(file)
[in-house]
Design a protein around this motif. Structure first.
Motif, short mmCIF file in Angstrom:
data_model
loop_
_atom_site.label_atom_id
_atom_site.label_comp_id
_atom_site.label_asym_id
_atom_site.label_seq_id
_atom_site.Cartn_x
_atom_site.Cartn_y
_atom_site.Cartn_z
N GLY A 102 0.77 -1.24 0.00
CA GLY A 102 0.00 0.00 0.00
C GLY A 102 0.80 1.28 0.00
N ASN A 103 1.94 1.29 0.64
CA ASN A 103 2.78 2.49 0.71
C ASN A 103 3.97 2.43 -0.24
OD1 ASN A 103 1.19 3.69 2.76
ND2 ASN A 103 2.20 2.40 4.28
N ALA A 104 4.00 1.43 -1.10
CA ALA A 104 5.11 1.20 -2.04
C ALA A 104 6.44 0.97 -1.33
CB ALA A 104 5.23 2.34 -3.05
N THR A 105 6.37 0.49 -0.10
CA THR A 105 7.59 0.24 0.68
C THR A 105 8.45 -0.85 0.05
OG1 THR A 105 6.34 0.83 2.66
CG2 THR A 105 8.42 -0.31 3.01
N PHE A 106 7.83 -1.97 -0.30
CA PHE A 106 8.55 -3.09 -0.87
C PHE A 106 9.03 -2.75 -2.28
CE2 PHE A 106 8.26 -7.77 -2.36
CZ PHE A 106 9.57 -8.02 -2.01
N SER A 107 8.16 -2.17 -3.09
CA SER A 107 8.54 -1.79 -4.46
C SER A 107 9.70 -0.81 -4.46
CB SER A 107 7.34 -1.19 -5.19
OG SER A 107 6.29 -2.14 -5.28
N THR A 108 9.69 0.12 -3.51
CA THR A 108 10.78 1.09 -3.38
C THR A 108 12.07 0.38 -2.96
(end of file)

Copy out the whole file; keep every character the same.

[in-house]
Design a protein around this motif. Structure first.
Motif, short mmCIF file in Angstrom:
data_model
loop_
_atom_site.label_atom_id
_atom_site.label_comp_id
_atom_site.label_asym_id
_atom_site.label_seq_id
_atom_site.Cartn_x
_atom_site.Cartn_y
_atom_site.Cartn_z
N GLY A 102 0.77 -1.24 0.00
CA GLY A 102 0.00 0.00 0.00
C GLY A 102 0.80 1.28 0.00
N ASN A 103 1.94 1.29 0.64
CA ASN A 103 2.78 2.49 0.71
C ASN A 103 3.97 2.43 -0.24
OD1 ASN A 103 1.19 3.69 2.76
ND2 ASN A 103 2.20 2.40 4.28
N ALA A 104 4.00 1.43 -1.10
CA ALA A 104 5.11 1.20 -2.04
C ALA A 104 6.44 0.97 -1.33
CB ALA A 104 5.23 2.34 -3.05
N THR A 105 6.37 0.49 -0.10
CA THR A 105 7.59 0.24 0.68
C THR A 105 8.45 -0.85 0.05
OG1 THR A 105 6.34 0.83 2.66
CG2 THR A 105 8.42 -0.31 3.01
N PHE A 106 7.83 -1.97 -0.30
CA PHE A 106 8.55 -3.09 -0.87
C PHE A 106 9.03 -2.75 -2.28
CE2 PHE A 106 8.26 -7.77 -2.36
CZ PHE A 106 9.57 -8.02 -2.01
N SER A 107 8.16 -2.17 -3.09
CA SER A 107 8.54 -1.79 -4.46
C SER A 107 9.70 -0.81 -4.46
CB SER A 107 7.34 -1.19 -5.19
OG SER A 107 6.29 -2.14 -5.28
N THR A 108 9.69 0.12 -3.51
CA THR A 108 10.78 1.09 -3.38
C THR A 108 12.07 0.38 -2.96